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Fanfare Magazine # 30:6 (07/08 - 2007)
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CDA 67541/2

Code-barres / Barcode: 0034571175416

Reviewer: Colin Anderson

The first four suites occupy the first CD. The immediacy of Henry Wood Hall in London is evident from the first bars of the Suite in G major. Isserlis produces a warm tone, richly founded; his phrasing is easeful and there is a palpable sense of dedication underlining each note; improvisation, flow, and focus are well balanced. The music’s particulars and long line are finely honed. The manner in which Isserlis has been presented is gratifying in its intimacy.

This is music that Isserlis seems to have lived with for many years. His playing has familiarity but not contempt (probably impossible to tire of this music, which must have boundless possibilities). Isserlis’s pointing is lively, his tempos anything but moribund; these are, after all, suites of dances; even the Sarabandes must have a sense of movement, which they do here but without sacrificing their eloquence. The opening of the Suite in D Minor (No. 2) is especially lovely: a searching beginning.

I have Casals’s recordings, and Starker’s, and have long appreciated the selfless dedication these musicians have brought to this fascinating music. Heinrich Schiff (EMI) was a revelation to me for really underlining the spirit of the dance that Bach took as his starting point, and it’s been interesting to hear Harnoncourt (long before he was conducting) tackle this music when a full-time cellist. Jian Wang (DG) is a very inviting host of this music, and Antonio Meneses (Avie) is an excellent guide.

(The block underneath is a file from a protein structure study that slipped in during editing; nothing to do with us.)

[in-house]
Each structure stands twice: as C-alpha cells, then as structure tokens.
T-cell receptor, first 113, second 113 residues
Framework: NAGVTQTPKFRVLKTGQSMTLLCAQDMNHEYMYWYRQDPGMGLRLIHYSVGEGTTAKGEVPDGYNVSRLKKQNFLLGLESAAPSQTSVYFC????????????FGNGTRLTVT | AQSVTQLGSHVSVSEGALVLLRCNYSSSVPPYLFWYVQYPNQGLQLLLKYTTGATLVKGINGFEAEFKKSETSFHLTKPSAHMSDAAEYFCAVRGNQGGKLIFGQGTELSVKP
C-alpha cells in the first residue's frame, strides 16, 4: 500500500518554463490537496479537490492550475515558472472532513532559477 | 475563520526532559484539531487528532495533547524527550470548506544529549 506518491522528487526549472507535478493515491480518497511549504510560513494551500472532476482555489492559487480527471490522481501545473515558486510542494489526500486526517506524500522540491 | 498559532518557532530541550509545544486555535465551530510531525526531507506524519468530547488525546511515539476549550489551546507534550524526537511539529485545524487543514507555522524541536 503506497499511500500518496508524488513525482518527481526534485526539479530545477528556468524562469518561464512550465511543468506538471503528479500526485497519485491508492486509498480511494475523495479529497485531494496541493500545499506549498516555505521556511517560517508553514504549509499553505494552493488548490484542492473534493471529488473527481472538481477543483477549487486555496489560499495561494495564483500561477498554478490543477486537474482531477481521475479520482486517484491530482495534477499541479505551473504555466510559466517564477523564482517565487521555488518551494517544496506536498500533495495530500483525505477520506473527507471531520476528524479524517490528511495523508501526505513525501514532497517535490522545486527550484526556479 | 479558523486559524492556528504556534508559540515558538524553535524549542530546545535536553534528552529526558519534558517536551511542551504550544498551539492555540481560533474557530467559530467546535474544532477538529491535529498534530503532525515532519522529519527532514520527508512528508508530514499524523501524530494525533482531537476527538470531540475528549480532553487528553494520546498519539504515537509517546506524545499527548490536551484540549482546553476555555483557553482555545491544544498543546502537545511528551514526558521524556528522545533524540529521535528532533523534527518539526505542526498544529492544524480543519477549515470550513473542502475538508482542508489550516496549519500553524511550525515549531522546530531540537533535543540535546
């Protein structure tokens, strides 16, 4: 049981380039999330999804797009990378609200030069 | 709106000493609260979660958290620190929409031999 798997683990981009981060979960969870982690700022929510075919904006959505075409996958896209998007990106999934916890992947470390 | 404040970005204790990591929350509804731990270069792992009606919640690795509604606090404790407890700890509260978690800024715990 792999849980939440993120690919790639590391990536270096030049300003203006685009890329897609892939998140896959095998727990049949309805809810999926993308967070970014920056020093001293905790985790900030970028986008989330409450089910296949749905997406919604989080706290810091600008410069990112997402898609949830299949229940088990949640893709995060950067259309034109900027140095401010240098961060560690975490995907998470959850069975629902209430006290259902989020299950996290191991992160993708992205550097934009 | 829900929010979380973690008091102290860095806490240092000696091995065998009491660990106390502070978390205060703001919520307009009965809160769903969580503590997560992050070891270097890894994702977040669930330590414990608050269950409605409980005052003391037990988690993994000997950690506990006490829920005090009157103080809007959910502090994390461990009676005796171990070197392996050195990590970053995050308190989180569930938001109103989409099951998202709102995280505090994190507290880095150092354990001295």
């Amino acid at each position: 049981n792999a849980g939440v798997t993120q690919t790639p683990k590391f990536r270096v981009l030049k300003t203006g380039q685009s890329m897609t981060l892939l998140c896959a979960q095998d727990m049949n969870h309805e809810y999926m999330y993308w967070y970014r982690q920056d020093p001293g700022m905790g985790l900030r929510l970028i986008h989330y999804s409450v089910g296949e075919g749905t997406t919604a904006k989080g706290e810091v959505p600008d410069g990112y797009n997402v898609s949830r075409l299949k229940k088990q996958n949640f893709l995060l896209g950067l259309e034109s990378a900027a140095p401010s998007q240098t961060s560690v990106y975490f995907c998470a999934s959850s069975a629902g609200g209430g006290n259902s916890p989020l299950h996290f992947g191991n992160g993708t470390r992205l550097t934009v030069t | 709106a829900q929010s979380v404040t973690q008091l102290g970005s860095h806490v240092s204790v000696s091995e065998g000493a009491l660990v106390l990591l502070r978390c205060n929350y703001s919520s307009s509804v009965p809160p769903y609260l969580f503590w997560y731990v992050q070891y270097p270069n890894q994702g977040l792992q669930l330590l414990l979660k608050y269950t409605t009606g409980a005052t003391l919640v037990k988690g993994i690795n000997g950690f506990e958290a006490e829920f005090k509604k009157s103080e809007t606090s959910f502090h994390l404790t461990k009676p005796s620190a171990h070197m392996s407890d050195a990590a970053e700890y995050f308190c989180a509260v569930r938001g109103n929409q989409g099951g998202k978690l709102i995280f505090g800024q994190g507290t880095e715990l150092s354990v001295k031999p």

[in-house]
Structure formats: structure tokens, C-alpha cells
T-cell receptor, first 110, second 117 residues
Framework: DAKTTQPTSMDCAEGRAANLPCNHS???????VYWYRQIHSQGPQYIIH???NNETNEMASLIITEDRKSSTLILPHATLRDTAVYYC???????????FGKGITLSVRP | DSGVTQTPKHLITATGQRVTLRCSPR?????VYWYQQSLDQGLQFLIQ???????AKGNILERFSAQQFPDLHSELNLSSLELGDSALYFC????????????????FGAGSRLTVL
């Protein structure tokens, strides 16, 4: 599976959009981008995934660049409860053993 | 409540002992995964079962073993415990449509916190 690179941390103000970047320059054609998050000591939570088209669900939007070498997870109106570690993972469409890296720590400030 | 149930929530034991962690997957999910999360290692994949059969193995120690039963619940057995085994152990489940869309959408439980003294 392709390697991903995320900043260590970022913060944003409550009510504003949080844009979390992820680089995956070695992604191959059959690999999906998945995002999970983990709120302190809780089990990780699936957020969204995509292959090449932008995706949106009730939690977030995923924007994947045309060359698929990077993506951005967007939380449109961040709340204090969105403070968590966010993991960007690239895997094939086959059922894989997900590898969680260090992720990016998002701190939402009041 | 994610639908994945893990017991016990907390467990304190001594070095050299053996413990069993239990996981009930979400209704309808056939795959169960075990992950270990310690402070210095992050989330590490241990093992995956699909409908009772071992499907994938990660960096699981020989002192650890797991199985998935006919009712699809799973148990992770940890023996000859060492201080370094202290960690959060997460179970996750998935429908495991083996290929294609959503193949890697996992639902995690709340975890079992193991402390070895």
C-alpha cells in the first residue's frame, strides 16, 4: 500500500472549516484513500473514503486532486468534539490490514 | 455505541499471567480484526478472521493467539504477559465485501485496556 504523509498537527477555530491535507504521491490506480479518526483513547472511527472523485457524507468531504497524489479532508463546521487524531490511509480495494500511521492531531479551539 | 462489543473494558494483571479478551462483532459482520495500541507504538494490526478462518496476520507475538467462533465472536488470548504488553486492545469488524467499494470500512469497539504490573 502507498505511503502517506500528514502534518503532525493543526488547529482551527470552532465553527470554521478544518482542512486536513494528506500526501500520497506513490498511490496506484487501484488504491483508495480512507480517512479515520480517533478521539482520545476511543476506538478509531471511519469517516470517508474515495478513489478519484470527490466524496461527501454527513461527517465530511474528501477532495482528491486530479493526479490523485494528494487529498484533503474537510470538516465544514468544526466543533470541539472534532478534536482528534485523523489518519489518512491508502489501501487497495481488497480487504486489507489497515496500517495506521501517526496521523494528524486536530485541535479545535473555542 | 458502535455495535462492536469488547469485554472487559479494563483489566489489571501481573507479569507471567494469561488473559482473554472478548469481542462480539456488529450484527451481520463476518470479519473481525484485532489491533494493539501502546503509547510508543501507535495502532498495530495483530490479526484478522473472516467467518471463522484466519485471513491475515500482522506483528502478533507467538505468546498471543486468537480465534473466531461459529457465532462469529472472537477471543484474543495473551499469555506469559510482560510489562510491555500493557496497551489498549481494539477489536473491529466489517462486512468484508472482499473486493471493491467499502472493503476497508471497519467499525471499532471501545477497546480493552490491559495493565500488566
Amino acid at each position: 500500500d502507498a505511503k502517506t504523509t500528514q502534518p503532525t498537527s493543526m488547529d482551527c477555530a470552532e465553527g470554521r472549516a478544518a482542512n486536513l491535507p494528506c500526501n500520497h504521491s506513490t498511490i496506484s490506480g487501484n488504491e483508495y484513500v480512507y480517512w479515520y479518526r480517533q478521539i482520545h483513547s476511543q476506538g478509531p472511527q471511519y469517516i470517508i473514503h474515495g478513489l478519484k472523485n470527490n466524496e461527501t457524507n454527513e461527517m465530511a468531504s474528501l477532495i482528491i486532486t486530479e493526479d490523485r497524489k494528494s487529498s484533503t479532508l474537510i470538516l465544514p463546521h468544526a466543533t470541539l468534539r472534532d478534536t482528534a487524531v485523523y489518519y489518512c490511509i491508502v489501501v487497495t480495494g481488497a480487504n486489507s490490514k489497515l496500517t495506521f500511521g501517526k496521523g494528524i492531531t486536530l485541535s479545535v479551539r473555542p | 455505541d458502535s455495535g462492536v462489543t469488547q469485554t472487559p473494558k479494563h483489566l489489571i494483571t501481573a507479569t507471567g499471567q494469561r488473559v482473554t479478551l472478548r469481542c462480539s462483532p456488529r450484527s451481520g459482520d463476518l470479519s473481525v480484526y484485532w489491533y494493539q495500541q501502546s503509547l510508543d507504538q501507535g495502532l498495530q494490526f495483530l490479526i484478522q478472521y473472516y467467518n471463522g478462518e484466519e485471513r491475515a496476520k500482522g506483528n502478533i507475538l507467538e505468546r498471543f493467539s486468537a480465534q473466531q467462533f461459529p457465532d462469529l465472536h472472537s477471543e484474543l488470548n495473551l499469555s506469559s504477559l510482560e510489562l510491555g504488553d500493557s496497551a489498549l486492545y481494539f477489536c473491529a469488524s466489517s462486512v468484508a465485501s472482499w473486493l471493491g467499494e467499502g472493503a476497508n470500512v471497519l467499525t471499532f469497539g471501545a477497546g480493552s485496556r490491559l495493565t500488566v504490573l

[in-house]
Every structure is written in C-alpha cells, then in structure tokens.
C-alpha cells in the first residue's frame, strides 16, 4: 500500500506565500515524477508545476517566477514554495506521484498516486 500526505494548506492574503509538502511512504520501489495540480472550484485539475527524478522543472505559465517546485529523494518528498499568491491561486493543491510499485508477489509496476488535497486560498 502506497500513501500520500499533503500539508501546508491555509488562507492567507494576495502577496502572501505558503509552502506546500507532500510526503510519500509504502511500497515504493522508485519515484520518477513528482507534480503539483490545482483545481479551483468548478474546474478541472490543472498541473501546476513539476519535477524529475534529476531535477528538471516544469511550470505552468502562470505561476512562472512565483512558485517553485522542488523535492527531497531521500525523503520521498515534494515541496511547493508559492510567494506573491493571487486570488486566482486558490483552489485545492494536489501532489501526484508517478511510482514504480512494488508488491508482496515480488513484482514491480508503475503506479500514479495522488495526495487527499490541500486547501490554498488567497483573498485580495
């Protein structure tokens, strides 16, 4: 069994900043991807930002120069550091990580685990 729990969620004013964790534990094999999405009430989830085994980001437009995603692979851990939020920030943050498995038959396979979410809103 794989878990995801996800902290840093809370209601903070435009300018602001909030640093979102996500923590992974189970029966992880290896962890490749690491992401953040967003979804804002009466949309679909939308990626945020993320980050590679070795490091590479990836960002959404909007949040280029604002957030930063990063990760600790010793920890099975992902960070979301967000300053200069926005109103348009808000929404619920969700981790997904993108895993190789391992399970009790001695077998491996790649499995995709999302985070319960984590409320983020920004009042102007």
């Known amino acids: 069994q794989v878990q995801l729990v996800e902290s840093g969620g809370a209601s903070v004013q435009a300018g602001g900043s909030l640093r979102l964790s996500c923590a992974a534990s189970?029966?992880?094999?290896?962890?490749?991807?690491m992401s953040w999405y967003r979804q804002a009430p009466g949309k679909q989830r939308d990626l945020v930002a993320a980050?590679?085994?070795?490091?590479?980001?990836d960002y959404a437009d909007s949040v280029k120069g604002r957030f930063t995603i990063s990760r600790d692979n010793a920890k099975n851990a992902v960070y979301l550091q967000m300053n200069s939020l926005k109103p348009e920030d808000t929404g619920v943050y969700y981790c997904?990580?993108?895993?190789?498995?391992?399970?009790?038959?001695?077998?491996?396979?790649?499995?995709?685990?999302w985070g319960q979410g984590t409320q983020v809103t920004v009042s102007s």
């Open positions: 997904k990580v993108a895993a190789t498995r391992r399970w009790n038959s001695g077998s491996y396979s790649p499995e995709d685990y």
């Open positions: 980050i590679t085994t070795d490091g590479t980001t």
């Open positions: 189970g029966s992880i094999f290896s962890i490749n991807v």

Isserlis’s set is compelling for reasons sometimes difficult to say. Certainly he brings a sense of purposeful motion to each movement, but never rushing or lacking poise, and he has a just sense of scale that doesn’t reduce the spiritual dimension that Bach’s invention can have. Isserlis’s musical response is both natural and personal, his gift for transporting the listener considerable, and in those two suites that, for me, can be difficult to fathom—the last two—Isserlis finds an expression and a vitality (interpretatively and technically) that is often a revelation.

For the record, Isserlis plays Suite No. 6, written for a five-stringed instrument, on the conventional four strings. Five suites are played on a Stradivarius, leaving No. 5 to a Guadagnini. Isserlis’s booklet note explains his choices, and his five-page essay is comprehensive and illuminating (not least for his pictorial descriptions of each suite, which can be taken or left). Also included is
The Song of the Birds, music closely associated with Pablo Casals, and here played, very affectingly, in an arrangement by Sally Beamish. Furthermore, there are three further versions of the Prelude to Suite No. 1, which are played from three different sources: Anna Magdalena (Bach’s wife), Peter Kellner (who probably produced the first copy of Bach’s cello suites—Bach’s original manuscript is lost), and Johann Christoph Westphal. All three have notational differences; Isserlis tends to favor Anna Magdalena as his source.

This Hyperion release is impressive and stimulating for the high production values, for the recording quality that offers a one-to-one between Bach and the listener, for Isserlis’s written annotation, and above all for his searching and intimate traversal of music that gets better and better the more one engages with it. Having spent much time listening to this issue and reading Isserlis’s insights, I can report that it has been time well spent: indeed, I seem to have moved closer to the music and all its enchanting mystery.



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